One last IKEA hack

It is now the middle of the summer and we still don’t have a contractor lined up to take care of the work on the exterior of the house.  This is exactly what happened when we first started this renovation project several years ago…  which is why we just decided to do most of it ourselves.  Looking back, abandoning the search for a general contractor was the best decision we made.  It has allowed us to take our time making well thought out decisions about each space in the house.  And I can’t even imagine how much more money the renovation would have cost – IF we could have even found someone to do the painstaking restoration work required for this house.

After getting back from our two week vacation at the beginning of the summer we got restless for a project.  We still have to find a few more pieces of artwork and furniture before we officially call the kitchen, bathroom, and dining room “finished”, so we made the rounds again at many salvage shops, furniture stores, and the world wide web.  We were able to zero in on some ideas, but still couldn’t find just the right pieces.  Perhaps we are too picky?!?

In order to keep some forward motion on the house, we decided to do more research on a closet solution for the kids in the area across from the washer and dryer.

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We have never been sure about the function of this space.  Originally we thought it might make a good little study/homework nook, a library, or even just a small play area.  For the past couple years it has mostly served as a dumping ground for laundry baskets and dirty clothes, but recently we began to think more about using this space as an area to build a wardrobe closet for the kids.  Currently they have dressers, but do not have a place to actually hang anything.

We have been kicking around some ideas for the past couple months.  Here is one sketch that shows our starting point.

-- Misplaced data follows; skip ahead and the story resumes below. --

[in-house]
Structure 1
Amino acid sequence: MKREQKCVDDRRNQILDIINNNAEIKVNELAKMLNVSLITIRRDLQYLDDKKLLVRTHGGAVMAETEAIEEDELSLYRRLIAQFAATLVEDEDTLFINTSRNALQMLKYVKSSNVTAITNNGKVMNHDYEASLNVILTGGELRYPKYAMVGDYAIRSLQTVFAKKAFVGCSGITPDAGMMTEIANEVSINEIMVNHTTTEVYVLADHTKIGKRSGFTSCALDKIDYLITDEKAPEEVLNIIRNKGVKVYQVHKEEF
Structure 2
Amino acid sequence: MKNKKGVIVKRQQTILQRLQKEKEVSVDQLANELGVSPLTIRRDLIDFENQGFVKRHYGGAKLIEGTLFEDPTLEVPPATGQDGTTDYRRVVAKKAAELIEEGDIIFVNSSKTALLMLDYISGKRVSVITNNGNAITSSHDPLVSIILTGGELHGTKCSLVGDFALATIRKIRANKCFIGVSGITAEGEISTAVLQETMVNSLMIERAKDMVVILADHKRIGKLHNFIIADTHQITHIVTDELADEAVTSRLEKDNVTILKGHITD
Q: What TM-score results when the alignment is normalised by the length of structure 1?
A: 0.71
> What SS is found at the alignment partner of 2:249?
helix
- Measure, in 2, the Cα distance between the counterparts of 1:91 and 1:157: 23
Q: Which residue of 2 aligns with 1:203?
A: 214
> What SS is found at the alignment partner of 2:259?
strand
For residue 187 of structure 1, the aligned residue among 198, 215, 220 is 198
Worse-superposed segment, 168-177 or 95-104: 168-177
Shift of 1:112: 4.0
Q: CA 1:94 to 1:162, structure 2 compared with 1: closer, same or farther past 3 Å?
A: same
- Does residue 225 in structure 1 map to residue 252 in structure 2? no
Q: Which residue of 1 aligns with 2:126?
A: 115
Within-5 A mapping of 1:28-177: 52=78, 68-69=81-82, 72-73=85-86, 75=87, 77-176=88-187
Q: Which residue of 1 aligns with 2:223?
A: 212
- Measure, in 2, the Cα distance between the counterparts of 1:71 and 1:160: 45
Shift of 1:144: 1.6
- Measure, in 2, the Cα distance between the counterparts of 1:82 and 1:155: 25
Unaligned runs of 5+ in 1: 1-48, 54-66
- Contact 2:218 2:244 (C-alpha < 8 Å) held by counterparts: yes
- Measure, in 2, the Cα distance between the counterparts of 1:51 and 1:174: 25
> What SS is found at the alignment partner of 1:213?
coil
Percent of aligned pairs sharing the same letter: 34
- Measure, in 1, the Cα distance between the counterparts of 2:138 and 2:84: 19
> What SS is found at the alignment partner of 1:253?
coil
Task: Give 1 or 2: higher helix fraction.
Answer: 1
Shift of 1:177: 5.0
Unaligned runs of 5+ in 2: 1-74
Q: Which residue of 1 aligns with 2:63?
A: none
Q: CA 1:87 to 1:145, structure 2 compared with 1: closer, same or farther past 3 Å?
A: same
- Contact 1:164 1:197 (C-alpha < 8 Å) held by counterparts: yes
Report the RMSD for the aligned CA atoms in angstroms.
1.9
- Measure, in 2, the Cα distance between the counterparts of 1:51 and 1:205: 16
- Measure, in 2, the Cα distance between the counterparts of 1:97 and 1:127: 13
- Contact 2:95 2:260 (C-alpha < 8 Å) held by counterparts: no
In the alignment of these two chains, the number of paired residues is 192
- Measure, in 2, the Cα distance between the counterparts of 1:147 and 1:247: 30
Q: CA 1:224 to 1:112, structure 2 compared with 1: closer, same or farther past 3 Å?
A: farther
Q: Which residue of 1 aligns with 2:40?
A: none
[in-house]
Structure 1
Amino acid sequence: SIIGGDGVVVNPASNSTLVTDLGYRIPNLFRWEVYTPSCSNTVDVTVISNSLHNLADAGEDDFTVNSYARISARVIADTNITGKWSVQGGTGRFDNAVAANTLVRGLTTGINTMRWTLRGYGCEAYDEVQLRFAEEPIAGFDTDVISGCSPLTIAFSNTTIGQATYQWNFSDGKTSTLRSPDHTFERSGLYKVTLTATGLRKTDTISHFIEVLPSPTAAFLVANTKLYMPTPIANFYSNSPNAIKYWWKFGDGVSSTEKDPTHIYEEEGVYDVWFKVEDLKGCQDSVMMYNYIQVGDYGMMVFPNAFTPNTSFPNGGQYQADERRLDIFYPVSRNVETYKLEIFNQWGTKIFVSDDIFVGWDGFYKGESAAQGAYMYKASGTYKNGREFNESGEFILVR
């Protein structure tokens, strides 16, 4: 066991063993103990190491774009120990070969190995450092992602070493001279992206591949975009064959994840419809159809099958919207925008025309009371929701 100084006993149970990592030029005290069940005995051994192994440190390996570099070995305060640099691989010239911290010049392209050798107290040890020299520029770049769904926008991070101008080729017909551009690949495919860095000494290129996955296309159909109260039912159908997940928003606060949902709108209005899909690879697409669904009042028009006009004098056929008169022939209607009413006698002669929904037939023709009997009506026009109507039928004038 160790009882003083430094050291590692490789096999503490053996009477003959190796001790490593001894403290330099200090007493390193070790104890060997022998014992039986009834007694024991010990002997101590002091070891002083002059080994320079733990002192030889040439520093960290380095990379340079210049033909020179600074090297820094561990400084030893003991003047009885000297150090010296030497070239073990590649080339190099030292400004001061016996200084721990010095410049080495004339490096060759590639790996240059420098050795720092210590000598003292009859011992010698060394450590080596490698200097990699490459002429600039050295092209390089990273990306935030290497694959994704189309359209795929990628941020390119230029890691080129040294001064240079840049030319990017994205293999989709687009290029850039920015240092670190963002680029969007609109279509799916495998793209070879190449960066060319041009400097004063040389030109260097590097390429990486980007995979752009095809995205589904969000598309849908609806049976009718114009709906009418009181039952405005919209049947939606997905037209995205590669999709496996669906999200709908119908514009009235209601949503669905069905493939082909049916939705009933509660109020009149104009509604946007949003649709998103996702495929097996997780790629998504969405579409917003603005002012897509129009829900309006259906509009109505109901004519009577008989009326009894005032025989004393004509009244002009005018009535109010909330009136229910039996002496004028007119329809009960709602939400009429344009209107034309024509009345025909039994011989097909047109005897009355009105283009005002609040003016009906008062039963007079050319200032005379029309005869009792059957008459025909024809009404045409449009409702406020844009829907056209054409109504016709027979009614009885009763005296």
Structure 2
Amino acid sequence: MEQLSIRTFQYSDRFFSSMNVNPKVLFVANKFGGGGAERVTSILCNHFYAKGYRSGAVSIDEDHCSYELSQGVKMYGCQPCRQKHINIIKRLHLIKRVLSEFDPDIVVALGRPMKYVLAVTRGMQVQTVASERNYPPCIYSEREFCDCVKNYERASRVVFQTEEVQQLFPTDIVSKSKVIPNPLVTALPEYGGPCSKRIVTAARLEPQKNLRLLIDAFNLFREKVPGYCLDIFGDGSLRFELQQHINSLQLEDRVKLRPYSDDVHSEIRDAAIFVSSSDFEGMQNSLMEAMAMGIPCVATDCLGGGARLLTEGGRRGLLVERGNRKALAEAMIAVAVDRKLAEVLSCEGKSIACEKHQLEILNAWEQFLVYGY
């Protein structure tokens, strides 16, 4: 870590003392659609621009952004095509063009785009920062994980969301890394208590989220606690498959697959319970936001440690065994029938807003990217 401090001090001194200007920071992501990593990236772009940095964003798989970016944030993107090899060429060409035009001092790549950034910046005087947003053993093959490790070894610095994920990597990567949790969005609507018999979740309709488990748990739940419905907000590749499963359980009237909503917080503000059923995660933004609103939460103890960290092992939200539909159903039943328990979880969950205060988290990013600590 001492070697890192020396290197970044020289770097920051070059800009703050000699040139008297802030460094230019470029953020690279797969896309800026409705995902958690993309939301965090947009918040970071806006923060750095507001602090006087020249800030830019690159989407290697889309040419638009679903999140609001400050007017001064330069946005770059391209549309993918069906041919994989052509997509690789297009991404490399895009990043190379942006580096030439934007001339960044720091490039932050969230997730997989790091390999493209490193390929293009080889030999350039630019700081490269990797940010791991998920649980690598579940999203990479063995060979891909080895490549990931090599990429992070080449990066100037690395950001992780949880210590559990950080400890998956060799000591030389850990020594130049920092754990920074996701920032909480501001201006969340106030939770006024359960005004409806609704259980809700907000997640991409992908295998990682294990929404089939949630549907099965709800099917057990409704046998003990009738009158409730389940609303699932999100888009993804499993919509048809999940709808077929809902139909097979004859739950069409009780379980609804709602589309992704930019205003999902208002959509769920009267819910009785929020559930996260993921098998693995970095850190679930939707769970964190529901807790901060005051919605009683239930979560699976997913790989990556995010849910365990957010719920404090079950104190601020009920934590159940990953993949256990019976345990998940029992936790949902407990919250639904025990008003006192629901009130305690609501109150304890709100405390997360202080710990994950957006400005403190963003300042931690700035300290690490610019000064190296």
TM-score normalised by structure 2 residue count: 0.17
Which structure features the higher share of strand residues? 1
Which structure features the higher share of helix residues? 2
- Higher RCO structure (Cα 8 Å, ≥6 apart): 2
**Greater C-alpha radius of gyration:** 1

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In that plan, we were going to mimick the countertop from the laundry side and just put a bar beneath it to hang clothes.  It would also have shelves behind it for shoe storage.  In the end we nixed the idea because we didn’t think it would look professional enough.  We really wanted something with doors and drawers…  something that looked legit.

A couple weeks ago I was triple checking the internet for child-sized wardrobe closets that I could hack/augment to fit into the space.  Miraculously I found a new IKEA wardrobe that perfectly matched the Hemnes furniture we previously hacked for the kids’ dressers.  It also met the important requirement that it be made of wood so that we could easily cut, add to, sand and paint to match the rest of the built-in furniture and trim.

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It is so new that our local IKEA had the wardrobe in stock, but hadn’t even put it together yet for display.  We went ahead and bought two of them even though we didn’t get the opportunity to touch and feel it.

The first step was to assemble the furniture and take some measurements to begin plans for augmentation and addition.  By the way, I highly recommend this SUNDVIK wardrobe.  It is sturdy, made with wood, and has a natural look to it.